|Hallgrimskirkje in the rain|
On Friday we explored Reykjavik, famous landmarks, cafes, eclectic architecture, shops and galleries, restaurants.
|Domkirkje - the cathedral|
|Althingi - the parliament|
|Ingolfstorg - geothermal steam vents in the city centre|
|Art nouveau till among ultramodern design in the Kraum centre|
|Posthausstraeti and the Domkirkje|
|New concert hall|
|mmmm.... lemon marinaded salmon|
|Skolavorthustigur and Hallgrimskirkje|
Saturday morning saw us out and about before sunrise
|Mount Esja over the bay|
|Andrea the whale watching boat in harbour|
Then we explored a pretty residential area
before winding our way to the 'pond' - Tjornin.
|Sunrise over Tjorin - about 10.45 a.m.|
|Radhaus - the town hall|
|looking west over Tjorin|
|a small area is kept ice-free for the birds, the rest was frozen over|
After that we needed to warm up with a hot chocolate.
We put on our warmest clothes before going aboard the whale watching boat Andrea....
... but once out of the harbour we all needed the warm overalls they provided.
|glamorous as always!|
Even at 1pm the sun wasn't very high, but the views over the bay were beautiful. We could just make out Snaefells on the horizon (not in these photos, it was just too faint)
|looking towards Hvalfjordur (whale fjiord)|
|looking for whales|
It was almost time to head back when another boat passed word that they had sighted a whale. We joined them and were rewarded with several sightings of a beautiful Minke whale. I was too busy watching it to take any photos!
At about 3.45 the sun was setting over the Reykjanes peninsula, and it was fully dark by the time we returned to the harbour at 5.
On Sunday we set off even earlier, on the Golden Circle tour. Our first stop was Nesjavellir,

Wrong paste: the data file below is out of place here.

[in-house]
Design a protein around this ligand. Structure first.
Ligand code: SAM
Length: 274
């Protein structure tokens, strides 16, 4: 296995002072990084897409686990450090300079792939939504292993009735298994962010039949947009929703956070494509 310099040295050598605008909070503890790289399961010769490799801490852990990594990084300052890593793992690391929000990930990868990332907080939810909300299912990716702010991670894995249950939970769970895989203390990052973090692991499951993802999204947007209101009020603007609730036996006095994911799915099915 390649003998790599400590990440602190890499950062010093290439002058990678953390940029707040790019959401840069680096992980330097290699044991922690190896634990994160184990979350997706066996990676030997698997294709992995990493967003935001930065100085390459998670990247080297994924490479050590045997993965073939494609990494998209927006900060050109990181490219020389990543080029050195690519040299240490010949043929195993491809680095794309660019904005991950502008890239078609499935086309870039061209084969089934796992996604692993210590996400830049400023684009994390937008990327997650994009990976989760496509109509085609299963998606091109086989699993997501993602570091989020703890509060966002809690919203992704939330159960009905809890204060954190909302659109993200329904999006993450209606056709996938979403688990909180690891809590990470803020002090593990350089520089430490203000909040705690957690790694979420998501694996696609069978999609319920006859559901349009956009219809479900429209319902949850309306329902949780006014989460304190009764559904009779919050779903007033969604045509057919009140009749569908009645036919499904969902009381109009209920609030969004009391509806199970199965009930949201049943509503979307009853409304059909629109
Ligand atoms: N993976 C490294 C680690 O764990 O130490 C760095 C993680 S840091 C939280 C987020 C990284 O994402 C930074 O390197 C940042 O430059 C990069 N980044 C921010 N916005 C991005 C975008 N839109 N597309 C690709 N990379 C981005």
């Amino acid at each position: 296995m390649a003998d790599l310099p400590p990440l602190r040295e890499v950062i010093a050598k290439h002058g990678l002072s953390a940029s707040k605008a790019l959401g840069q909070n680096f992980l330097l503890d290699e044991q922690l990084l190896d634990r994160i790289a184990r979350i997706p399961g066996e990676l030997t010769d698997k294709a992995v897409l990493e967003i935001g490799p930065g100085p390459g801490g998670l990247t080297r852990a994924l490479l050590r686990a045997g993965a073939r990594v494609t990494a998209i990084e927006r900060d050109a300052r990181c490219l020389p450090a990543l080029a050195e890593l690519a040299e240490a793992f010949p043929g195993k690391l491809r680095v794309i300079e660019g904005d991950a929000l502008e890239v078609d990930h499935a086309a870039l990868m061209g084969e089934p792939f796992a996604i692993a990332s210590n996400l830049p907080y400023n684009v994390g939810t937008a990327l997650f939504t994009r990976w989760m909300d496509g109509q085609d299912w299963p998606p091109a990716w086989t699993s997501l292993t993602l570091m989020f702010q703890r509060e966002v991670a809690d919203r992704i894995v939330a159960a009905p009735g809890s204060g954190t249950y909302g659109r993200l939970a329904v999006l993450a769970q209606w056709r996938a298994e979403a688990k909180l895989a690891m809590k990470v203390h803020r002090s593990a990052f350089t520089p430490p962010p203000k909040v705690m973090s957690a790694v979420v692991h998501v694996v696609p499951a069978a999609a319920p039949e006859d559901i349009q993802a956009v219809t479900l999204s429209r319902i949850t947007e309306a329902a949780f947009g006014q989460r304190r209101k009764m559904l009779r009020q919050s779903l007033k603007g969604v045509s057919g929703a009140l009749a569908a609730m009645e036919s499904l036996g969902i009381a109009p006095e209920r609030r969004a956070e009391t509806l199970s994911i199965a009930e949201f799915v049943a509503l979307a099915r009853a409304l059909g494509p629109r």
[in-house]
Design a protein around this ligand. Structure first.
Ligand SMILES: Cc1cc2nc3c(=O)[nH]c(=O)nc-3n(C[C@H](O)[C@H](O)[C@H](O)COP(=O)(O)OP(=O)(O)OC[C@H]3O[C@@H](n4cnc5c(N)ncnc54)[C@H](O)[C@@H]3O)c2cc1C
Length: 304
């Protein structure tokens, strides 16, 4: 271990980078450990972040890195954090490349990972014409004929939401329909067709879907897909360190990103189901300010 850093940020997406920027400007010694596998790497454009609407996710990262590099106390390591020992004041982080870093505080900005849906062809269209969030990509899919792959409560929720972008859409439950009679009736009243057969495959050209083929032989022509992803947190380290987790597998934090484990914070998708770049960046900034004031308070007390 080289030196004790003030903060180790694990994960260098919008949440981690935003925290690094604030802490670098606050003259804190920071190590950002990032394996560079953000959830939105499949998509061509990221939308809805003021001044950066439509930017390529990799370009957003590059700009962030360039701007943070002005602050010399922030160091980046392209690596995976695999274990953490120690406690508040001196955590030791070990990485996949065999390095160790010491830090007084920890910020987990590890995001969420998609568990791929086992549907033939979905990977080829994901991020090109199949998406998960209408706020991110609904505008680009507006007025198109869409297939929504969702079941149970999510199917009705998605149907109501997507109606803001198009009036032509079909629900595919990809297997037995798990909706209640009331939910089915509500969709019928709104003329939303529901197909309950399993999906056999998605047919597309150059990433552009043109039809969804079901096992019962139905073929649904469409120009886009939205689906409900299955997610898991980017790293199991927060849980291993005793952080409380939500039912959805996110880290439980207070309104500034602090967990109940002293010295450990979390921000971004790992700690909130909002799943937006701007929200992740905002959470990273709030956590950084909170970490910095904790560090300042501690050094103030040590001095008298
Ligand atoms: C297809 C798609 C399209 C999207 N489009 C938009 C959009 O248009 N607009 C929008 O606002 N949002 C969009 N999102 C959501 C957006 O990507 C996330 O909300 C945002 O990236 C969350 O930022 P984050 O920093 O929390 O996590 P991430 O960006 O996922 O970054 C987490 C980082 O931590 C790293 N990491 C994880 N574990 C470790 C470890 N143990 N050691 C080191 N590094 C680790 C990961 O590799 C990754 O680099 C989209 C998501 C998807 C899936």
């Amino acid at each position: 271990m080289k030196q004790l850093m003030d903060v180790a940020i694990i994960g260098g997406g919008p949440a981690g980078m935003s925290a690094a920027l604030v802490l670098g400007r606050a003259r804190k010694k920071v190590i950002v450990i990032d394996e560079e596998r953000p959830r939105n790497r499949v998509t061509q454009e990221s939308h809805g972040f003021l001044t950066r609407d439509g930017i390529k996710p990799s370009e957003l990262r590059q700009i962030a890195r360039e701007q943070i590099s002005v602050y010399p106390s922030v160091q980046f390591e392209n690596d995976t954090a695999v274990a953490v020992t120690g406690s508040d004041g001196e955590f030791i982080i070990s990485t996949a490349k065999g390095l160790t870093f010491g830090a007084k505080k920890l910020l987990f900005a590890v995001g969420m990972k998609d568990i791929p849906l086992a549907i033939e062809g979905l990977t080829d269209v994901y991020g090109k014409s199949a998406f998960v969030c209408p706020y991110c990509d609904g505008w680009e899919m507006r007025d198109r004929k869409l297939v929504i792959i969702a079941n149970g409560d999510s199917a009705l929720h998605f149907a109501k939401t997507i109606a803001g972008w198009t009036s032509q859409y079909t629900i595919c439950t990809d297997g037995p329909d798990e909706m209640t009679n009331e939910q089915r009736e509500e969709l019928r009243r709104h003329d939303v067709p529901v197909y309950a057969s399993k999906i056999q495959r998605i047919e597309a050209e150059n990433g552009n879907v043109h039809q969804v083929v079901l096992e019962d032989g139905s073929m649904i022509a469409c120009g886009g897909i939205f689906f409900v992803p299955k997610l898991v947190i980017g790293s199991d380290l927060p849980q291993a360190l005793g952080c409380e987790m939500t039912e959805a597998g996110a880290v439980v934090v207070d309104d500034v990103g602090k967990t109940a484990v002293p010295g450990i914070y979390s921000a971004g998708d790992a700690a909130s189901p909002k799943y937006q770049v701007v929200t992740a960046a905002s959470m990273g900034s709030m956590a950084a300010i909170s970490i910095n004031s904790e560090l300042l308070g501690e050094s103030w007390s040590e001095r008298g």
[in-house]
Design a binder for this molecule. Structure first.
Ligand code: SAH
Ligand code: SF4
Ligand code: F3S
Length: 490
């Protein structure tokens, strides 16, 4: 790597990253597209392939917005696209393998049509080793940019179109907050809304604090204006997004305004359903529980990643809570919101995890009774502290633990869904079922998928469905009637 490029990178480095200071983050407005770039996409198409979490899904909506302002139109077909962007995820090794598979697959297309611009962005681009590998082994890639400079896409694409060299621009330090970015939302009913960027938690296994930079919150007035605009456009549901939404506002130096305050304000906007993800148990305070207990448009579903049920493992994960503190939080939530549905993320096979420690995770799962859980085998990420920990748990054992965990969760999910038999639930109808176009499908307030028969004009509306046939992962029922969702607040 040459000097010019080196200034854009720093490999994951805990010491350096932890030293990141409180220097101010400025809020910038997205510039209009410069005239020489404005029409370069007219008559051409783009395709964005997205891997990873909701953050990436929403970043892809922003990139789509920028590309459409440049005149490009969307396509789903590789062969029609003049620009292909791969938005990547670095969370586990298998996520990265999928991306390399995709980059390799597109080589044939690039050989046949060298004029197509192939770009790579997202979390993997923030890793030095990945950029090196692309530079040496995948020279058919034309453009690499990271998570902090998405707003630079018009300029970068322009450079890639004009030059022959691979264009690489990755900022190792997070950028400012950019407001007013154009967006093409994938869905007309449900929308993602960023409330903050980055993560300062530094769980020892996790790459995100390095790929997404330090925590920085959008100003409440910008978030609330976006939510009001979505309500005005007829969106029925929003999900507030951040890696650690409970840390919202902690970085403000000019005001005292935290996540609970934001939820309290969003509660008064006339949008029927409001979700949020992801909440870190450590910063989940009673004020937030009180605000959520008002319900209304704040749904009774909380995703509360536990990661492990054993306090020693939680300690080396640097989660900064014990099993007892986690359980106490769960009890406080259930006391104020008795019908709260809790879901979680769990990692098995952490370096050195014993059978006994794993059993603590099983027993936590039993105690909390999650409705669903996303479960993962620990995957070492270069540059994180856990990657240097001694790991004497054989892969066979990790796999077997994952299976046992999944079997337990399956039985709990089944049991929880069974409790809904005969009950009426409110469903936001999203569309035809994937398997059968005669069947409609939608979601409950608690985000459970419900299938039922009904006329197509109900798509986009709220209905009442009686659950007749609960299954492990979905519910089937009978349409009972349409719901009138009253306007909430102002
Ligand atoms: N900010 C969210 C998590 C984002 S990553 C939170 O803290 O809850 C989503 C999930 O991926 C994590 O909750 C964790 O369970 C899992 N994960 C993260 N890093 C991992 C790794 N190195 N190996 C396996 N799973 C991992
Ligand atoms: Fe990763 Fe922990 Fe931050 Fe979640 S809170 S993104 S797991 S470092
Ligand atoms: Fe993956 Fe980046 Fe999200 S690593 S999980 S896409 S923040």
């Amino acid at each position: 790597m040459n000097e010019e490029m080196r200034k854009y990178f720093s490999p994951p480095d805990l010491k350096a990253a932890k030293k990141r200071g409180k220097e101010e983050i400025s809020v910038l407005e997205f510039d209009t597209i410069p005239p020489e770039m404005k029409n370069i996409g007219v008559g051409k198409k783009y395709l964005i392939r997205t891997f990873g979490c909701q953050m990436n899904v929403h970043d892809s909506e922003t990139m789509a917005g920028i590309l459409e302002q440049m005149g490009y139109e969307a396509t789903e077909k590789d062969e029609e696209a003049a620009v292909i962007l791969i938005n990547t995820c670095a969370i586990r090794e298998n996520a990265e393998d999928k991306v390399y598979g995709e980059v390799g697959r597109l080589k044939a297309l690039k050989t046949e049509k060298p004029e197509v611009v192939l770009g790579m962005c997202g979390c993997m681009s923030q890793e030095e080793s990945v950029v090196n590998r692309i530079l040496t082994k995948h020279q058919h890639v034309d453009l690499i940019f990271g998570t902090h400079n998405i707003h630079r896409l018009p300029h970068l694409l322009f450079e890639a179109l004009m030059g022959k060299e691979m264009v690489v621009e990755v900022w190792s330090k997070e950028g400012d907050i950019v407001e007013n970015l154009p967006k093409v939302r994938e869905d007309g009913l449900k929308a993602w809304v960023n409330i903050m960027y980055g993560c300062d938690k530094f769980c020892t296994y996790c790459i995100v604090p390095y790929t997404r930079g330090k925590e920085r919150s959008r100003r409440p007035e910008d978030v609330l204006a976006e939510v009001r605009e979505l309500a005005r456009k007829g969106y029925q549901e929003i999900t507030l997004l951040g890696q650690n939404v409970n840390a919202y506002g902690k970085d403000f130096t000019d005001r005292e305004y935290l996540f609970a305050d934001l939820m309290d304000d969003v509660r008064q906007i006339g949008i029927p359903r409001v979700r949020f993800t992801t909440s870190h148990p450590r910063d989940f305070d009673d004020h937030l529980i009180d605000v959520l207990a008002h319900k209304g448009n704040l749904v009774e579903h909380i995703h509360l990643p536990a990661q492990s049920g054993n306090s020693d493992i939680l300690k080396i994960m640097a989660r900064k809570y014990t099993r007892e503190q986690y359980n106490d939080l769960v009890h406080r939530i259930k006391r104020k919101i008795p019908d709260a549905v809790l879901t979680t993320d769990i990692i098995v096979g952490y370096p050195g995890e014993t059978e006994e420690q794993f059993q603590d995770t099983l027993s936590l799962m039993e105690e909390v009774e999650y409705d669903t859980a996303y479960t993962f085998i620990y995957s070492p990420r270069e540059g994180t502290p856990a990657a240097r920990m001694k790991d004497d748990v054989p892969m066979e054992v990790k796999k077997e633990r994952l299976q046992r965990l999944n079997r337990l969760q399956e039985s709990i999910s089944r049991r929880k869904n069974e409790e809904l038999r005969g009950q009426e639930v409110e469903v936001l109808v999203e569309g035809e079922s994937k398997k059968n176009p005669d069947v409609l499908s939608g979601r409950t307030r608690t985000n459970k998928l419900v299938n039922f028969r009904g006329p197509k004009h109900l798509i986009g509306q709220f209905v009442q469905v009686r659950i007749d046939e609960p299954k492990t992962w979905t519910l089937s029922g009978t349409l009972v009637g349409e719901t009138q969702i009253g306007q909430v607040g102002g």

|The architecture represents Iceland pushing up between the continental plates|
|eerie landscape with sulphurous steam and mist over lava fields|
From Nesjavellir we travelled through snowy landscapes and across the mid-oceanic ridge which passes through Iceland.
|Looking over Hveragardi, from one mid-atlantic ridge, the other can be seen in the distance. The bright lights are greenhouses|
We passed lots of herds of Icelandic horses (not ponies, we were told, they are big enough to carry a man without him 'loosing his manhood'!).
The waterfalls at Gulfoss are stupendous - even in winter when the flow of water from the glacier has stopped and only spring water is feeding the river.
Not far from Gulfoss is the hot spring area of Geysir. The original Geysir (which gave its name to the phenomenon) is no longer active but we watched several eruptions of its little brother Strokkur.
Also the odd Viking at Geysir!
|a very odd viking|
From Geysir we headed towards Thingvellir,
And driving over the mid-oceanic ridge
on increasingly icy roads, and down into the fissured area between the ridges, now over 5 km apart.
We saw volcanoes which had pushed up under the ice cap during the last ice age
Thingvellir is in one of the largest fissure systems where the two continental plates are pulling apart.
We walked along the fissure and past the Law Rock
It is the site of the first ever parliament (Althingi) and a very important place for Icelanders.
The river was flowing quite fast although much of it was under ice.
Back in Reykjavik we had a last stroll up Laugavegur,
where I couldn't resist buying some Icelandic wool yarn!
Our taster trip to Iceland has left us with lots of things still to see and do there - our Northern Lights evening tour was cancelled as the conditions were not right, and we didn't have time to try one of the geothermal pools. So I'm booking my next trip to Iceland (for summertime) right now!